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Old November 21, 2012, 10:13 AM   #26
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Well. It's going to become the most expensive hobby I've ever had- I'm looking for property out of the city limits so I can reload, walk out the back door, shoot and start over.
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Old November 21, 2012, 02:03 PM   #27
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I tailor my rounds to put holes in paper and made steel go plink....
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Old November 22, 2012, 12:27 PM   #28
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I did start it mostly because you could get more accurate loads that way years back.

It does save money if you don't count the initial invested! I did that before I realized it so its not costing me anything, right?

But then if you want to shoot match loads in a 1903 where do you find it? Not locally (or at least here).

I failed to get a good load for my 7mm back in the day and realized I was only doing it because I could (and then found I was out when I thought I had plenty and went to the store and found some that were just as good).

But I do like it, its all paid for (I have picked up a few items since I got back into it) and I can still tweak the loads for what I want rather than off the shelf.

I picked up a 30-06 that has a very deep throat and it needs special loads to shoot well. Cool, I can do that.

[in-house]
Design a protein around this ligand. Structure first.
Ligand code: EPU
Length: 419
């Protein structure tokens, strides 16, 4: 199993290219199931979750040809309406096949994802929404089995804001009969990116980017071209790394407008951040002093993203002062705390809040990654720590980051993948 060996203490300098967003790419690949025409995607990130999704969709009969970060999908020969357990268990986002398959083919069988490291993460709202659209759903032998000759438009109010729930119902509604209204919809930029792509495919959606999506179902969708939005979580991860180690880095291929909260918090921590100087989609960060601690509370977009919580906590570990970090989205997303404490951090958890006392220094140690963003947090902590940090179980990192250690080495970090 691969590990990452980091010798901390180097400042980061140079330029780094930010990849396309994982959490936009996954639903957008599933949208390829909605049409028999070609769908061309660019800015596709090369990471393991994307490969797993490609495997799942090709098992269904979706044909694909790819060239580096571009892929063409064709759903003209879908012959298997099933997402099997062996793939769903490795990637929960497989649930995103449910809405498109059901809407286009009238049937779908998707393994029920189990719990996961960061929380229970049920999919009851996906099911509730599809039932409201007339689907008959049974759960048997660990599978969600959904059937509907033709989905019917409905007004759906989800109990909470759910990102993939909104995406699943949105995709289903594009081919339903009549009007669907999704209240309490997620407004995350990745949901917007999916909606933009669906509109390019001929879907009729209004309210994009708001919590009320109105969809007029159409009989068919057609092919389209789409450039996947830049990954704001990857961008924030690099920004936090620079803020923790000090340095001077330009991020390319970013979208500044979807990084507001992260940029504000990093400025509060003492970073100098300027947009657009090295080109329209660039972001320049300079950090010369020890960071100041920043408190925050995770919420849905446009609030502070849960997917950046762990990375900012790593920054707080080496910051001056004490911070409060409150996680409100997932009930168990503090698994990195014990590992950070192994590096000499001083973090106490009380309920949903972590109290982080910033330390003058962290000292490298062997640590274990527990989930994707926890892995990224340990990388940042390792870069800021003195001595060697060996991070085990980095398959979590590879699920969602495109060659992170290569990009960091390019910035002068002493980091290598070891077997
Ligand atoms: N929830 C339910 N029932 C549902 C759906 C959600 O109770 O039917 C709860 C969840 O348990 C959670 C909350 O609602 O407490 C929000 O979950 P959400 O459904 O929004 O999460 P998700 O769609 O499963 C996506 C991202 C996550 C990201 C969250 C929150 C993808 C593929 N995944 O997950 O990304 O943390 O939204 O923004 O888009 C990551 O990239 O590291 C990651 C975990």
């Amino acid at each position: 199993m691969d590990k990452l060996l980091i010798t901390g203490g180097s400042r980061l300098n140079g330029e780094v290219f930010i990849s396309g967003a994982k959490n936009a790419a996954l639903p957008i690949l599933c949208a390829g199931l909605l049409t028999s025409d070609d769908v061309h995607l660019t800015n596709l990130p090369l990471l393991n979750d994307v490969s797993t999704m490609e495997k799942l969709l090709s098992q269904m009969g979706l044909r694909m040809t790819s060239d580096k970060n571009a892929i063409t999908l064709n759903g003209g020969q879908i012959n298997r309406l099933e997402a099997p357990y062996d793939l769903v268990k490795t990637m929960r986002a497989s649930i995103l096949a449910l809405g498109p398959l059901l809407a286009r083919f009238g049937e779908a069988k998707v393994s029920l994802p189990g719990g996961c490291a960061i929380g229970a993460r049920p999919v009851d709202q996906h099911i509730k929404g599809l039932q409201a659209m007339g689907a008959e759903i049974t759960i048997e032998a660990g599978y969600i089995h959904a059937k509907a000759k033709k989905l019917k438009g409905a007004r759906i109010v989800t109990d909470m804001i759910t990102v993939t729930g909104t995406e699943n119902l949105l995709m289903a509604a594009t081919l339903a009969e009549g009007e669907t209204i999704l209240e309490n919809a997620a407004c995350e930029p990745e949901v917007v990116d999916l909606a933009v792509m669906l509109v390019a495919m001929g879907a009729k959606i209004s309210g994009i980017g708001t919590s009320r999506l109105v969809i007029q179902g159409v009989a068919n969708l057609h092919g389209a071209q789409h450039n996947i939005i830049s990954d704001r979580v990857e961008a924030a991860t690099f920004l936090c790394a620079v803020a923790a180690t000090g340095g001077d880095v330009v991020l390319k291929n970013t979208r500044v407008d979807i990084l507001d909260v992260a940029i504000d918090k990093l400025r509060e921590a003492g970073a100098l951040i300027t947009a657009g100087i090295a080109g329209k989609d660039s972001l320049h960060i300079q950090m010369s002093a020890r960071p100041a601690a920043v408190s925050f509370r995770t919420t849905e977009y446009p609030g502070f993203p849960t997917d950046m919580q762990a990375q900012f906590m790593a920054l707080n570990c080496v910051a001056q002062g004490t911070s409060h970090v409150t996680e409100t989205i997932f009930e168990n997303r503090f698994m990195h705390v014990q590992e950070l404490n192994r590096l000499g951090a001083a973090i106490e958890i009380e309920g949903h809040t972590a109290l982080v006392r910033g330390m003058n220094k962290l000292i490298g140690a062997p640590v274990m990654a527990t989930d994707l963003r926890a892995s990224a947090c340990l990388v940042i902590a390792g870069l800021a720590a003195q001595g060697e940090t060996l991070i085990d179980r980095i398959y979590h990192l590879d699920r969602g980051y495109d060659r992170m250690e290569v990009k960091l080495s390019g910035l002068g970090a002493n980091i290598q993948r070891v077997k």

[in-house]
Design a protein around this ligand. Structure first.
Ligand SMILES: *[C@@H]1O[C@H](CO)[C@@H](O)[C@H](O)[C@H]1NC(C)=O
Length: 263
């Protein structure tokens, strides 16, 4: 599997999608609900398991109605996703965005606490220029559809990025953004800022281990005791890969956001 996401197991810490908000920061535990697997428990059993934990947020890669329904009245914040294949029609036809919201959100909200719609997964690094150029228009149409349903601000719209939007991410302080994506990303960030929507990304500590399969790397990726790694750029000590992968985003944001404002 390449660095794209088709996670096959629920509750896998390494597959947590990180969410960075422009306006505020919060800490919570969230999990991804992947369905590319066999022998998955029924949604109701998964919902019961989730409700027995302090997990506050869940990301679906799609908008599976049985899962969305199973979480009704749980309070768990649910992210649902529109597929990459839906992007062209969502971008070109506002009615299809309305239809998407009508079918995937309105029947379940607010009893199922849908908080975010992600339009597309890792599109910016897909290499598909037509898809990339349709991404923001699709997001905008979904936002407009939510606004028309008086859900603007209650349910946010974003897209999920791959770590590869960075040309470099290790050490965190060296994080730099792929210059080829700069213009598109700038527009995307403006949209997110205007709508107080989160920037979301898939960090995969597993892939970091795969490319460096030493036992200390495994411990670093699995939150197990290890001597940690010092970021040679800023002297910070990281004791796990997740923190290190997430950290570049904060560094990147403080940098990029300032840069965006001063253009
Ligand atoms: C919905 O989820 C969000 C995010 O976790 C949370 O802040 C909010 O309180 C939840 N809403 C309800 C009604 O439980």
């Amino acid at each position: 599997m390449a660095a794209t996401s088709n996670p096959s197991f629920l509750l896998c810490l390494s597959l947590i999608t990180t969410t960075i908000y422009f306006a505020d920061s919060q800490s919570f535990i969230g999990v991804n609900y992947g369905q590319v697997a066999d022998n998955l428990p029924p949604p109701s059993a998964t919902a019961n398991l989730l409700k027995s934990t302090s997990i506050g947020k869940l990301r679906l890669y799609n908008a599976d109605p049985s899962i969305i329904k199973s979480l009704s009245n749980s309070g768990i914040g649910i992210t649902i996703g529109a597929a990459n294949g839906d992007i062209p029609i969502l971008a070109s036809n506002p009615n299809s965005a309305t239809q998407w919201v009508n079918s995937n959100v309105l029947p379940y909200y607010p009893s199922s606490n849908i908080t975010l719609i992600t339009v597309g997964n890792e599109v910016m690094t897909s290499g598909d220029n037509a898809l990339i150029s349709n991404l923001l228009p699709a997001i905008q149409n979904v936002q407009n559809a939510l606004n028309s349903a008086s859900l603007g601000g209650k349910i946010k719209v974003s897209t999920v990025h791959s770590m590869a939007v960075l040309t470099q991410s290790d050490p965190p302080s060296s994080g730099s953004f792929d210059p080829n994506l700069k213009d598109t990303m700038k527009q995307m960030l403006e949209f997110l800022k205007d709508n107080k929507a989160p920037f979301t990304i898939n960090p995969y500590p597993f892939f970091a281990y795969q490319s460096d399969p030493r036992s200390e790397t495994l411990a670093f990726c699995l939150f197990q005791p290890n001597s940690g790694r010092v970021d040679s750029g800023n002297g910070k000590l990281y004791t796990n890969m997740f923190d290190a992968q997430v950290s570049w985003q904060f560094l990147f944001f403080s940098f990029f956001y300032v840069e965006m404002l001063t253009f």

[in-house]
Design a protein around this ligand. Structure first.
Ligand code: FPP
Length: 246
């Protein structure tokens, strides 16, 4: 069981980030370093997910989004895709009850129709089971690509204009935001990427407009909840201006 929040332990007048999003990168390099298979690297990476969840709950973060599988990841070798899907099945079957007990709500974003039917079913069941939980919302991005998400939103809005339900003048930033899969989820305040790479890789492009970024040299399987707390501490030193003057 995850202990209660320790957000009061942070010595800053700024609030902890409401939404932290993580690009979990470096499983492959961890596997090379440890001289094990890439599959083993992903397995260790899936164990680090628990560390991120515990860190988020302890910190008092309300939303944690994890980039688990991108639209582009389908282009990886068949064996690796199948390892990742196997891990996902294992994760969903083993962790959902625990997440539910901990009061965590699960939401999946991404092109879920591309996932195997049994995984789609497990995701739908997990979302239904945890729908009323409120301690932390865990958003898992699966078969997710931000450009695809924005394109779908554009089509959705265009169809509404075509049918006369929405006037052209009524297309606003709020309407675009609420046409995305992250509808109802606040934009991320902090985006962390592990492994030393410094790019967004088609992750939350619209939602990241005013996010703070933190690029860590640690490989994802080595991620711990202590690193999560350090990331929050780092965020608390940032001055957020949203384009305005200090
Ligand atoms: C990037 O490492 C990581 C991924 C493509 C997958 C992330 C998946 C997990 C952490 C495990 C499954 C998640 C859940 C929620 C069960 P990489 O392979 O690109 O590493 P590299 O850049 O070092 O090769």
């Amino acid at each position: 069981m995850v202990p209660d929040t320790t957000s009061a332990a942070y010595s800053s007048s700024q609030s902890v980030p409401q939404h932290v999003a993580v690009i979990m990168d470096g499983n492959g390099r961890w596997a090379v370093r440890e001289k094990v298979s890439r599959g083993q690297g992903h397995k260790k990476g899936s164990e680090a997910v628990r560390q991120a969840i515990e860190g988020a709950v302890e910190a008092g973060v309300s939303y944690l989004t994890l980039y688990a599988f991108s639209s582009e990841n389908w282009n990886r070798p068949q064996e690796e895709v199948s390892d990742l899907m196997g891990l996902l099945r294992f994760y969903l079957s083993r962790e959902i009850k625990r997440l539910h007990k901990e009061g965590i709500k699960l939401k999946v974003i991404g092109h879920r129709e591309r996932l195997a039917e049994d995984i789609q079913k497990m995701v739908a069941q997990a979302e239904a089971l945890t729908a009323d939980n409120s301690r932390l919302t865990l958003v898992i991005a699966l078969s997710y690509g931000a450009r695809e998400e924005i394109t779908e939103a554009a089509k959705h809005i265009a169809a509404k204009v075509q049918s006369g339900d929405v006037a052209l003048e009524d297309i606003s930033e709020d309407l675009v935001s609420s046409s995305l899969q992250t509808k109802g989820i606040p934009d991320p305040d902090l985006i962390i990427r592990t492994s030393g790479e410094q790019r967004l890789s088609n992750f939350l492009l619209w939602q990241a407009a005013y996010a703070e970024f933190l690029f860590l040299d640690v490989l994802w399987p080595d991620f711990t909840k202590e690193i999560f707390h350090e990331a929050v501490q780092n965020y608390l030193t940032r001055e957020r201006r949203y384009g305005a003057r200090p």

My 9mm, damned if the factory Golden Sabers aren't more accurate than anything I have done yet though I am still playing with it. But its less expensive (I scrounge all my brass and that's oddly satisfying to!)
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Old November 22, 2012, 01:03 PM   #29
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I think that anyone who reloads to save money or assemble a bunch of ammo to shoot more, is missing a lot. Besides all the reasons mentioned above (it's fun, therapy, custom loading for my parrticular gun), I can do it any day, rain or shine; much more than I can shoot. I live in an area where shooting is done 10 miles up hill and the last 3 miles is dirt road (logging roads). It rains a lot here and I don't own a 4 wheel drive, so I wait a day or two after it rains to go shoot. Anyway, liking handloading/load development/experimentation, I often have more handloads than I can shoot!
My Anchor is holding fast!
I've learned how to stand on my own two knees...
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Old November 22, 2012, 02:21 PM   #30